Three Children’s Books About Race

Recently, my daughter-in-law and I were discussing the lack of diversity in children’s books. Bible story books, in particular, seemed to draw Biblical people lily white, when in reality they would have been Middle Eastern in appearance.

Not long afterward, I came across What God’s Family Looks Like, a post from The Story Warren about children’s books that deal with race. I looked up the main book mentioned, then followed a rabbit trail of recommended reading. I ended up getting these three books.

Why be colorblind when we can be colorFULL insteadThe first is Colorfull: Celebrating the Colors God Gave Us by Dorena Williamson, illustrated by Cornelius Van Wright and Ying-Hwa Hu. I love the tagline: “Why be colorblind when we can be colorFULL instead?”

The back of the book says this:

Imani and Kayla are the best of friends who are learning to celebrate their different skin colors. As they look around them at the amazing colors in nature, they can see that their skin is another example of God’s creativity! This joyful story takes a new approach to discussing race: instead of being colorblind, we can choose to celebrate each color God gave us and be colorFULL instead.

Imani’s Granny Mac helps gives the kids some perspective. My daughter-in-law said she wished adults would read this book, too.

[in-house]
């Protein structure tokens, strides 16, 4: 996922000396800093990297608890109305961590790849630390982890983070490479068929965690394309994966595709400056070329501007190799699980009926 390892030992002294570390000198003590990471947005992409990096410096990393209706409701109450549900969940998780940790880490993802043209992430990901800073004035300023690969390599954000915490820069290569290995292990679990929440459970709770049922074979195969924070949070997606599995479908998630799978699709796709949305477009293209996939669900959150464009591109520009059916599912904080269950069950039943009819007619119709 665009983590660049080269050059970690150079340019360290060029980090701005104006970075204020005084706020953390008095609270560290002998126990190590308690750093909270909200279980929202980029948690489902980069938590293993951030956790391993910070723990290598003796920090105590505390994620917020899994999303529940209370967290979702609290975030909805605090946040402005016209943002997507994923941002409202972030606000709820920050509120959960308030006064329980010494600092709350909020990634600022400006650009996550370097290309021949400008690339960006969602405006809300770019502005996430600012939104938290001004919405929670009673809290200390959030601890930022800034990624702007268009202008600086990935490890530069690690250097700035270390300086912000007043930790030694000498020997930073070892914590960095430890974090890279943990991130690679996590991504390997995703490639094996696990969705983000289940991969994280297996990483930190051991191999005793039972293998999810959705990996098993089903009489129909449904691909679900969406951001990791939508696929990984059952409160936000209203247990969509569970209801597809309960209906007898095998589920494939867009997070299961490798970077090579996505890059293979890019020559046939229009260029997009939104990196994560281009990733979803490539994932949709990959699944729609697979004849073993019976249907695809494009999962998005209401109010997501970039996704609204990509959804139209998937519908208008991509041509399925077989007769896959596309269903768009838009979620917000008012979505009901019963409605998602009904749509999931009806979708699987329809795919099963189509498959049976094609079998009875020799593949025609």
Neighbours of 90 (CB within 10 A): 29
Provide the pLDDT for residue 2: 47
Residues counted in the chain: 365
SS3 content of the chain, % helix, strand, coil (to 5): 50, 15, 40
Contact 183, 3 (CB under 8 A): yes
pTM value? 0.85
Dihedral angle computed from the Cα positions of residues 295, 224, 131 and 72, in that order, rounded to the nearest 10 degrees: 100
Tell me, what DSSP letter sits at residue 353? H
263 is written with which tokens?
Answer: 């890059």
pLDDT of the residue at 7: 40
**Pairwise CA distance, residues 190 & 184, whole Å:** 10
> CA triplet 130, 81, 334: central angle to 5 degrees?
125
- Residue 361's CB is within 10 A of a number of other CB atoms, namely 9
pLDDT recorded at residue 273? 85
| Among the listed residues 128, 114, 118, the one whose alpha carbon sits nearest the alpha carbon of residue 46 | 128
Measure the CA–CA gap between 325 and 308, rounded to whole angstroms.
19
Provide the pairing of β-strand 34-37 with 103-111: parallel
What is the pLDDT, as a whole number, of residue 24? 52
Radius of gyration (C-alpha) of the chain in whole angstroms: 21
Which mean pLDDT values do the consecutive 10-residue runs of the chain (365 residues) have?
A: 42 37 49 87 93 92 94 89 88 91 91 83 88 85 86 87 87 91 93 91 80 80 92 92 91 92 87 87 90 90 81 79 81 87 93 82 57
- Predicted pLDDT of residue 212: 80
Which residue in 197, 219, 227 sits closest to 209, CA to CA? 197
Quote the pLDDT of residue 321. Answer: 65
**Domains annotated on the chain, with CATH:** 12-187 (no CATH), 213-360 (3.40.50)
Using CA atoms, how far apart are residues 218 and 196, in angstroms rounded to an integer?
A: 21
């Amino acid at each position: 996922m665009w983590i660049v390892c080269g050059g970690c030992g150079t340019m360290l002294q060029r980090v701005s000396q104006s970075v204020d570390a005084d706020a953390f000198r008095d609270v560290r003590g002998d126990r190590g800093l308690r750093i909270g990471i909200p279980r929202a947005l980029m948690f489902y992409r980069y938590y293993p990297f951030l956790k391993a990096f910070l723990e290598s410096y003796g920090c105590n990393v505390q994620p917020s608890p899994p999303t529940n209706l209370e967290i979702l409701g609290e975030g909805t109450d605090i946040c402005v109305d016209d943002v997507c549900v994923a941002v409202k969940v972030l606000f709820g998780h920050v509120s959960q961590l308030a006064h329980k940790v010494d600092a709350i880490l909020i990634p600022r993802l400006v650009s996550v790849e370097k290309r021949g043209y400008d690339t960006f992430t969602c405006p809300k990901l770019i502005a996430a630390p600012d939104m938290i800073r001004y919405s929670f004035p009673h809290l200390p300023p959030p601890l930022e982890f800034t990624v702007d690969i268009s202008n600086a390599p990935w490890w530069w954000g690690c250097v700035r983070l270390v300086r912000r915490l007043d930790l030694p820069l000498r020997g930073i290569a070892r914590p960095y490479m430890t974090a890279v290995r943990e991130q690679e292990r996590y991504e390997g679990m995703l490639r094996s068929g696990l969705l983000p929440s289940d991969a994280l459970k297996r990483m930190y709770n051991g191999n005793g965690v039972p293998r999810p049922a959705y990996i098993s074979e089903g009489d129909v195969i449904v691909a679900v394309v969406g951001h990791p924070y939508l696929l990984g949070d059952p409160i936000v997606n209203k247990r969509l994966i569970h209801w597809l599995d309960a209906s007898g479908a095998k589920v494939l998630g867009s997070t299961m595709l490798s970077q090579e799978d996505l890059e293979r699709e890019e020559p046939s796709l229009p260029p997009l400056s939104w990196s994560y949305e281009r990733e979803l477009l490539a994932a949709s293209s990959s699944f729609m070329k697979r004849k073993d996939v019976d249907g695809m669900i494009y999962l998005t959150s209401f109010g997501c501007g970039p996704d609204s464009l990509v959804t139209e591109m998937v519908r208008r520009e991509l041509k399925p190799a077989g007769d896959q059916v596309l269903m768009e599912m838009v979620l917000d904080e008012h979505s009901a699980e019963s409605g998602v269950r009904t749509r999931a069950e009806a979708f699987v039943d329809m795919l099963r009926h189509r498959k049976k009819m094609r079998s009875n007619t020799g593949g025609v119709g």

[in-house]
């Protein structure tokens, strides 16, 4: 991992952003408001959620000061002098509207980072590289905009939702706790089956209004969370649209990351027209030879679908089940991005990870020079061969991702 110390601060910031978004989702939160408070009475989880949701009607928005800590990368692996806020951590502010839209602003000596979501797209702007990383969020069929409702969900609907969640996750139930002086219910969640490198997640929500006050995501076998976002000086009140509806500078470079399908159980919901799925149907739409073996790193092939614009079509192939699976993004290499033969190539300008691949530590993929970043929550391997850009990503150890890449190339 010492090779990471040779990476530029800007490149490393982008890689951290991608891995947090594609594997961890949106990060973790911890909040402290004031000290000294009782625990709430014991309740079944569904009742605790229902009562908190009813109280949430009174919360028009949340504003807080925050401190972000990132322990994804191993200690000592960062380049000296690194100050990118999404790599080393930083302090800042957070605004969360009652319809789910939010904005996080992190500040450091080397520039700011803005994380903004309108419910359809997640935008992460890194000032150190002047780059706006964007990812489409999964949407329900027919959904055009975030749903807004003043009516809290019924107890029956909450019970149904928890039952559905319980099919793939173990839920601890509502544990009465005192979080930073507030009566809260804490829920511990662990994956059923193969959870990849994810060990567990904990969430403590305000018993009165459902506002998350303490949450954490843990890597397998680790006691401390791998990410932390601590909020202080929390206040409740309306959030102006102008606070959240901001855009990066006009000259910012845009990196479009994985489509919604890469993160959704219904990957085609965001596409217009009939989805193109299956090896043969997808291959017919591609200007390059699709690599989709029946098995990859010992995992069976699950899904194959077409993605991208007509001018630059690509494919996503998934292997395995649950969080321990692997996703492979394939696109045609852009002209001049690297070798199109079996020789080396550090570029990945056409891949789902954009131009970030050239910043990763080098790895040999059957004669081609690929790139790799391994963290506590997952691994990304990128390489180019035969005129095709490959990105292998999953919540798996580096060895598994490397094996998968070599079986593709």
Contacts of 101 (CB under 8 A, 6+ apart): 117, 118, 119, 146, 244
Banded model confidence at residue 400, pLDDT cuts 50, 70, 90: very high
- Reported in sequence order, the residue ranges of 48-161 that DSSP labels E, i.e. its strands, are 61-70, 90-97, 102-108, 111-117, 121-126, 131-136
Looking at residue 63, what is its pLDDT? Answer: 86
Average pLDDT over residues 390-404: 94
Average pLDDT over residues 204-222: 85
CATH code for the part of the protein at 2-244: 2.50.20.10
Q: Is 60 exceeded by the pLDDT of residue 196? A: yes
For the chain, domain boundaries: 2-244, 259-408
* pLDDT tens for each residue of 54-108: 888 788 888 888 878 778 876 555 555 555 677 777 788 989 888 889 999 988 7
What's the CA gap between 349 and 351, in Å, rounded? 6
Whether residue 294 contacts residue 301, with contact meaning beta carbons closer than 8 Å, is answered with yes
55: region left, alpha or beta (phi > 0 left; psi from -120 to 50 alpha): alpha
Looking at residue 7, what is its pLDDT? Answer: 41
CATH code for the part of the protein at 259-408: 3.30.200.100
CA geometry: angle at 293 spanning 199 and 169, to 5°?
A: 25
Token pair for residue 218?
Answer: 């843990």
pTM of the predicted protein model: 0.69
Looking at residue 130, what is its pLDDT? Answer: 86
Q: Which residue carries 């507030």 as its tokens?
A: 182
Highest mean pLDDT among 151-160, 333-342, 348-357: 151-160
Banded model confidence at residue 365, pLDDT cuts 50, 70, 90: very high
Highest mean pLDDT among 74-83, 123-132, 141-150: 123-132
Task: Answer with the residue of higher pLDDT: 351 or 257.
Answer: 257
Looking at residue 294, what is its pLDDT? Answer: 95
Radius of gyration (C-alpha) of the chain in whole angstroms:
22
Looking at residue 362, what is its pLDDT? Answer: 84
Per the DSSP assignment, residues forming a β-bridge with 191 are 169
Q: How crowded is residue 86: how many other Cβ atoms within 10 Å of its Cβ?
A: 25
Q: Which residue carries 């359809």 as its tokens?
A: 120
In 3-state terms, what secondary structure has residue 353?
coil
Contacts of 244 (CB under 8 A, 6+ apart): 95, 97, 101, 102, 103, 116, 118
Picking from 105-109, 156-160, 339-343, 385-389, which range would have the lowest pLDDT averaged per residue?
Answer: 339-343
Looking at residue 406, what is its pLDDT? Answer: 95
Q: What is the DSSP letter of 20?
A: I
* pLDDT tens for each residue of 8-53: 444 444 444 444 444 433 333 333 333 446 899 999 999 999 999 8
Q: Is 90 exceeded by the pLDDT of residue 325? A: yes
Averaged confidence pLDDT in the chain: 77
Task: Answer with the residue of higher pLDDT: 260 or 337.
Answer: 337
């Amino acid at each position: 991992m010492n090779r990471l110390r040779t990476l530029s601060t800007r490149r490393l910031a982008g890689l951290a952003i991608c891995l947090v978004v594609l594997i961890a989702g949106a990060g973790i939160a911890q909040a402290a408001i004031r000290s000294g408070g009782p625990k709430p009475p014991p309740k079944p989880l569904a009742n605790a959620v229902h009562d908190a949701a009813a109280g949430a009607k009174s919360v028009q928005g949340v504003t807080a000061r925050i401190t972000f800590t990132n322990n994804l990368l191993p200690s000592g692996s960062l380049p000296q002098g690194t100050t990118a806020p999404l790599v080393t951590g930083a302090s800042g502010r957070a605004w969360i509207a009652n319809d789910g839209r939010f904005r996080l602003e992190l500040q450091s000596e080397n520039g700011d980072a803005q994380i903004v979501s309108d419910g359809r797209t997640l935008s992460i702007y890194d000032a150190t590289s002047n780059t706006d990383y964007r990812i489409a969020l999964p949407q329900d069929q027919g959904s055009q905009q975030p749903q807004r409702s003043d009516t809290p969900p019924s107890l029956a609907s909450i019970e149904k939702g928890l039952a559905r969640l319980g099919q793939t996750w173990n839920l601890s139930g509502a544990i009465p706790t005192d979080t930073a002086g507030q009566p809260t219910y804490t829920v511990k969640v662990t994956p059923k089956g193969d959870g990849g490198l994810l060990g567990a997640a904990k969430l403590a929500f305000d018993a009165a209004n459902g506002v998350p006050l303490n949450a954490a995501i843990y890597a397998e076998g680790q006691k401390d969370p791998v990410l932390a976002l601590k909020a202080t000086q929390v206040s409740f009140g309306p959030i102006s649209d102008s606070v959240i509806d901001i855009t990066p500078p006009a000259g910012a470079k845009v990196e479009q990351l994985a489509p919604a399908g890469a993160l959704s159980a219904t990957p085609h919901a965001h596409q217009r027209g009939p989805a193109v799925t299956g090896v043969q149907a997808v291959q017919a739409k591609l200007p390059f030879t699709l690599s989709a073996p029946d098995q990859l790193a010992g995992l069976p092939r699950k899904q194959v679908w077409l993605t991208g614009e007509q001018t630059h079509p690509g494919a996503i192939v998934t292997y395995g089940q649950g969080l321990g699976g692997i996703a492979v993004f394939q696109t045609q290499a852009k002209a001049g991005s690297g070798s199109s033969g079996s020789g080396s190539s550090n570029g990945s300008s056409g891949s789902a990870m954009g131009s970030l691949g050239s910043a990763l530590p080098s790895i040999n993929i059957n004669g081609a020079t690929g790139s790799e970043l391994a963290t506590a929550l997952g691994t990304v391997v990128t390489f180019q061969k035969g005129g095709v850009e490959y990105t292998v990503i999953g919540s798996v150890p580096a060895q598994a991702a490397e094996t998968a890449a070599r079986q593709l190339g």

When God Made You by Matthew Paul Turner, illustrated by David Catrow, doesn’t explain or emphasize race: the story just incorporates it naturally as part of who God made you to be. God planned each person with their particular gifts, appearances, personalities, etc. to reflect His image.

One line in this gave me pause: “Have faith but love more.” At first it seemed to downplay faith. But you could also read it as saying, “Have faith, but don’t stop there: love others.”

An inside page:

Trillia Newbell’s God’s Very Good Idea (illustrated by Catalina Echeverri) took several weeks to get here. I hope that means lots of people are buying it!

Trillia begins at the beginning: with creation. Making people, and making them in all different colors and varieties, was God’s idea. They would “all enjoy loving him and all enjoy loving each other . . . reflecting what God is like.”

But the first people chose to disobey God. That plunged all of us into sin. We don’t love God or each other as we ought. “Sometimes we treat others badly because they are different than us.”

But part of God’s very good plan was sending Jesus to come and live on earth, to show us how to love, to die on the cross so we could be forgiven, and to rise from the dead, and to give us the Holy Spirit to help us live for Him.

He also gave us the church as a foretaste of what it will be like in heaven some day, “lots of different people enjoying loving him and loving each other.”

I love that Trillia’s story is couched firmly in the Bible and the gospel. She gives an overview of creation, sin, and redemption in words a child could understand.

I didn’t get a chance to read these with my grandson. I sent him home with them. But I hope he enjoys them!

I believe children need to be taught early that God created all people in His image.